As vice president of ConAgra Beef Co. Don Willms oversees the firm's cattle feeding and fed and feeder cattle procurement programs. Willms sat down recently with BEEF contributing editor Wes Ishmael to discuss what the ConAgra executive sees for his industry sector.
ConAgra Beef Co. includes five feedlots with a one-time capacity of 420,000 head and seven packing plants that harvested more than 6 million head last year, including cull cows. The firm is a subsidiary of ConAgra, contributing about one fourth of the total revenue to the company, approximately $7.5 billion in 2000.
Q. What are the major challenges facing beef packers and cattle feeders today?
A. As a packer, it is differentiating ourselves from the competition. Differentiating the quality of our products and trying to de-emphasize the commodity aspects of the business and instead emphasize the branded aspects of the business. Currently, ConAgra Beef Co. offers retailers and food service customers seven different brand lines, including those within the Armour brand, which ConAgra owns.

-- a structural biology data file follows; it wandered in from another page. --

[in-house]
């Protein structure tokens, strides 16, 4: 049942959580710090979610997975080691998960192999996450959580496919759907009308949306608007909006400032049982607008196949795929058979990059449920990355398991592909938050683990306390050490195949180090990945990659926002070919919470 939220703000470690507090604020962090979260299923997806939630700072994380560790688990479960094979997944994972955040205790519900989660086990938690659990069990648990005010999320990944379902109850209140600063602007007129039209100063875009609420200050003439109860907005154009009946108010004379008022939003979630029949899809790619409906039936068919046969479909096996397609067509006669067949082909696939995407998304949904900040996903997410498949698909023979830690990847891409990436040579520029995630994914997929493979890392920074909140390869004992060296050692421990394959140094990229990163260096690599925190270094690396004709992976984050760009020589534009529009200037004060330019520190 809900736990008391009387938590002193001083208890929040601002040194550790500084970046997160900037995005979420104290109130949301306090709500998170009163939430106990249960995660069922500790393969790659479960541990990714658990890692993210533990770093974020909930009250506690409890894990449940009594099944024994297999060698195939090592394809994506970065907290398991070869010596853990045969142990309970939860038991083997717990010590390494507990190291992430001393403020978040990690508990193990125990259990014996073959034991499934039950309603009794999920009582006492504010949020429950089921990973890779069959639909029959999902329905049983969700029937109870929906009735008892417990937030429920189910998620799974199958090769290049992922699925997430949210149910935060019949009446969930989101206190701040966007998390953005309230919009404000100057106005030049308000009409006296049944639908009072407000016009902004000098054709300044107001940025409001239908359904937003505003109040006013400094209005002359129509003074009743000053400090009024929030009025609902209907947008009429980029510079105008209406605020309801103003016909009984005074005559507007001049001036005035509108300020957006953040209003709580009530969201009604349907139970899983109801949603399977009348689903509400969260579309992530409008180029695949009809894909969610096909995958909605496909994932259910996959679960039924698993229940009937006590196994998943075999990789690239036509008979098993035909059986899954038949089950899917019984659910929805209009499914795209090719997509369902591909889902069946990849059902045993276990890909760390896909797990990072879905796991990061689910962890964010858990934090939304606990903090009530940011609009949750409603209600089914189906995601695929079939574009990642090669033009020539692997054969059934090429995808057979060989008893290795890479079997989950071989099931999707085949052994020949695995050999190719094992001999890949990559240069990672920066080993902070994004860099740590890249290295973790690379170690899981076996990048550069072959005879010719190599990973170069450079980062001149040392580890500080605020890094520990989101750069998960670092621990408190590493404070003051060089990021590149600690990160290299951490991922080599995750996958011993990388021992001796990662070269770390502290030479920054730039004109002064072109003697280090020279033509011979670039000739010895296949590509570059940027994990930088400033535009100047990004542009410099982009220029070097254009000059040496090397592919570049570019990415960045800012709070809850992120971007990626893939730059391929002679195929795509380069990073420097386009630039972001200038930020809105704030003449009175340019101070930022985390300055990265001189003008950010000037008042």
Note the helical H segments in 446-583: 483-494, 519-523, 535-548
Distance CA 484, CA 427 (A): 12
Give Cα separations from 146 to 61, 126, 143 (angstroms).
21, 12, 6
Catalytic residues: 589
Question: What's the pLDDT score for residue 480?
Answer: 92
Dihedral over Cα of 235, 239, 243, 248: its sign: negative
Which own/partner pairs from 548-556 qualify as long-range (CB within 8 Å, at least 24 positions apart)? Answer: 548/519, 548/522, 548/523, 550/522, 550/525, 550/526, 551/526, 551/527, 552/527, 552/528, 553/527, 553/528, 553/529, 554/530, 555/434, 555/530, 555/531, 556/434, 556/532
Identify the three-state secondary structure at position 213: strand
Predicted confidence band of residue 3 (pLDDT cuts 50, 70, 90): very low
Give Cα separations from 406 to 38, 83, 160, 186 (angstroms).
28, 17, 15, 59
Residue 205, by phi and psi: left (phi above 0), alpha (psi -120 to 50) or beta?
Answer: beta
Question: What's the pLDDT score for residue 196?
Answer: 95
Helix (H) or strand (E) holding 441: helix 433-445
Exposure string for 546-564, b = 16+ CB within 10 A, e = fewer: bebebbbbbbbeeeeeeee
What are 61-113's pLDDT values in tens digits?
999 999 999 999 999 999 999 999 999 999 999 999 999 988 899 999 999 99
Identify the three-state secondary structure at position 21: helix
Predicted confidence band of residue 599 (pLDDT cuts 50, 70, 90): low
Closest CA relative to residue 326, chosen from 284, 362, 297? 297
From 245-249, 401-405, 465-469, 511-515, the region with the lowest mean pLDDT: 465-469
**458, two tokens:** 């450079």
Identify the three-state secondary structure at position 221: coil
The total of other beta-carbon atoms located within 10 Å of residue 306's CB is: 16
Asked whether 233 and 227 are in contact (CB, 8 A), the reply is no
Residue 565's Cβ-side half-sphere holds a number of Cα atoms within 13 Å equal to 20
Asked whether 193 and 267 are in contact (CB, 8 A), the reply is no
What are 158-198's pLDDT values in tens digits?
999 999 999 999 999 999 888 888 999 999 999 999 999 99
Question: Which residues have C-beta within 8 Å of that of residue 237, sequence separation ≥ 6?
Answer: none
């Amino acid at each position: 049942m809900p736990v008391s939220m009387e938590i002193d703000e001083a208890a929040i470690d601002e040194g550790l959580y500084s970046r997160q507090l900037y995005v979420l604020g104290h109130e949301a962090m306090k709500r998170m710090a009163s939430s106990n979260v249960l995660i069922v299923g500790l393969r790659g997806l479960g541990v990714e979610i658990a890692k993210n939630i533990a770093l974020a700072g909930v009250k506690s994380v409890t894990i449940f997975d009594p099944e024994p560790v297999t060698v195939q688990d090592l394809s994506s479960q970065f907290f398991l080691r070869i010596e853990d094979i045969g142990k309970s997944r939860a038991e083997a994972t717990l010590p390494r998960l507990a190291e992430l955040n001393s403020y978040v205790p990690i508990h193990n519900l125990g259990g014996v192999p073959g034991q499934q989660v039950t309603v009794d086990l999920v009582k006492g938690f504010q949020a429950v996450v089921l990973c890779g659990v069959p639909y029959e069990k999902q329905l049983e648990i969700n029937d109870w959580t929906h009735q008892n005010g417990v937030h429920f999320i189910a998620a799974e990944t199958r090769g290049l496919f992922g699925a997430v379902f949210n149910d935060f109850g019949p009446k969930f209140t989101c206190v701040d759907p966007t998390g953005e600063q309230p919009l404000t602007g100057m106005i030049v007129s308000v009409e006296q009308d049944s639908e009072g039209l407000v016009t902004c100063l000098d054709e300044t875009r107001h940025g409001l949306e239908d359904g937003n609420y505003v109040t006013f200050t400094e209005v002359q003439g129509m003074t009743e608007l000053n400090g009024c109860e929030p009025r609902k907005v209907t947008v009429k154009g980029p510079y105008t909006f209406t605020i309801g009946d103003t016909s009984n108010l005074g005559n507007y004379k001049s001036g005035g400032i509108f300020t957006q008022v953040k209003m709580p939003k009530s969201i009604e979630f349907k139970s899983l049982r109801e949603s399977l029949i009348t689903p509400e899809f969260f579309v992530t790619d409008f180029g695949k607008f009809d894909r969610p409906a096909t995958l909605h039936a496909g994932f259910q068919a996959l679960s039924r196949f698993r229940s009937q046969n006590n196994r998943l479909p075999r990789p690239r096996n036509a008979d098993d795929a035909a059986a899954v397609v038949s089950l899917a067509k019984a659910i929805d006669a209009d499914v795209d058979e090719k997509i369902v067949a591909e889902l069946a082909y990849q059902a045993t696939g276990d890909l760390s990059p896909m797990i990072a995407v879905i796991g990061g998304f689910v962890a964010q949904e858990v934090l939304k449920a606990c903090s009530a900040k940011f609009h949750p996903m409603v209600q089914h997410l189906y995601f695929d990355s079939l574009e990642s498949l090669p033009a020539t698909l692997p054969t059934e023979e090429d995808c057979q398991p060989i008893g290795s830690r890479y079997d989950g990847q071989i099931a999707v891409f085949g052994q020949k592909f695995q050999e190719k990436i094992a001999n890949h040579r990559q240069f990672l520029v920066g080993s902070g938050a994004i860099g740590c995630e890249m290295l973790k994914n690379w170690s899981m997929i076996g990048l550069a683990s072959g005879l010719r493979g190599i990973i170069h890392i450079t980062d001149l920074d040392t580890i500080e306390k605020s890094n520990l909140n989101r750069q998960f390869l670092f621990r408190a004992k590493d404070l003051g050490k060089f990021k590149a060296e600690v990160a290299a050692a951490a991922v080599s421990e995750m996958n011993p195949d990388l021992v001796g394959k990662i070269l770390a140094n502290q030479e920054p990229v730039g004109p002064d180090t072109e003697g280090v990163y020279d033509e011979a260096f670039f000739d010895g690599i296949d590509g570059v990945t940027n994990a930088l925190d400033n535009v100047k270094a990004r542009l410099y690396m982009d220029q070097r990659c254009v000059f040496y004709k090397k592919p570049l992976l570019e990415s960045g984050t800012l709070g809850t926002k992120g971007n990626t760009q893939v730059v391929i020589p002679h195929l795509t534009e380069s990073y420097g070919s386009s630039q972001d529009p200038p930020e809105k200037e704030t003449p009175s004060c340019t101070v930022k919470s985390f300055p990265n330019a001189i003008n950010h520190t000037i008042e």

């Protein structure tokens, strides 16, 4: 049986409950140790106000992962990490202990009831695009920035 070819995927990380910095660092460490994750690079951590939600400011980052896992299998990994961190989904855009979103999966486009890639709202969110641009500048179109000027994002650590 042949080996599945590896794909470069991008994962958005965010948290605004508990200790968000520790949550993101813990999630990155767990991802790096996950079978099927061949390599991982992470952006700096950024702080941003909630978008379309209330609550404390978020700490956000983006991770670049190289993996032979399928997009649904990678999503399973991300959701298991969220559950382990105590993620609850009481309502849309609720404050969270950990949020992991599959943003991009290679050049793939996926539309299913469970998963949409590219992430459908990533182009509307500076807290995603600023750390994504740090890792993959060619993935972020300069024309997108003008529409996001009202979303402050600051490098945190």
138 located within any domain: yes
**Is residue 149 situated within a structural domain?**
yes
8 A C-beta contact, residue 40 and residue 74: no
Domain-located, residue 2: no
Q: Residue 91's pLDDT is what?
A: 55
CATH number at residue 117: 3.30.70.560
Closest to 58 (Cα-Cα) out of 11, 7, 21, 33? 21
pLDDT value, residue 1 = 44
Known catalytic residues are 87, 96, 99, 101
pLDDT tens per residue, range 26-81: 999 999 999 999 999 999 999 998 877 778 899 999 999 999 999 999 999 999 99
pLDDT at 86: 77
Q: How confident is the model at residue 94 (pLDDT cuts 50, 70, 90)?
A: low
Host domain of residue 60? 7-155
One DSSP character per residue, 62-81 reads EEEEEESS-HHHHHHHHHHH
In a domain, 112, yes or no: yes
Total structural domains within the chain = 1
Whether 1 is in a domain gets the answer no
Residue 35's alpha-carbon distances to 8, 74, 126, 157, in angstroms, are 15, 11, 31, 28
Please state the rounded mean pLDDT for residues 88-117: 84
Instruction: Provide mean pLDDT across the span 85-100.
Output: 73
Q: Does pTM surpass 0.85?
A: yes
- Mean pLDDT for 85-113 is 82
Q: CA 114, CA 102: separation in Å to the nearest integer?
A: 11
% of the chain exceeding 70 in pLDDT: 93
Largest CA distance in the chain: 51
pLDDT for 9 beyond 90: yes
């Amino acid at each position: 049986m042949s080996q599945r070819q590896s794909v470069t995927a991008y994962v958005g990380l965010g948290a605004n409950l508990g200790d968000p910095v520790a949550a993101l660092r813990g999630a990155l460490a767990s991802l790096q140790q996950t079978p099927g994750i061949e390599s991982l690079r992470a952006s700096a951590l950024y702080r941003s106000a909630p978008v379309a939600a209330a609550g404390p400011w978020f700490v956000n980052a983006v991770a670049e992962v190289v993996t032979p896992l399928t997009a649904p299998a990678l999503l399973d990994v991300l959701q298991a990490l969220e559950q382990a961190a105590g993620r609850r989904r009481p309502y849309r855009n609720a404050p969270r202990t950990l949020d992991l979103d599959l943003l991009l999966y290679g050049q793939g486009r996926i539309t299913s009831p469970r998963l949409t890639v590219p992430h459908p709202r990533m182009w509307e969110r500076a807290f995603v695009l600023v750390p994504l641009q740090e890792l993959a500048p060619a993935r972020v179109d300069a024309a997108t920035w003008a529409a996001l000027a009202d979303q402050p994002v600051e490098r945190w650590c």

Labor continues to be a major challenge. Turnover continues to be a big problem, and it's always a challenge to maintain an adequate pool of qualified employees.
As a cattle feeder, the challenge is always the availability and economic availability of a pool of feeder cattle that fit our buying parameters, cattle that are available in a consistently adequate number, regardless of seasonality. As an example, there is a problem finding enough of certain breed types at certain times of the year.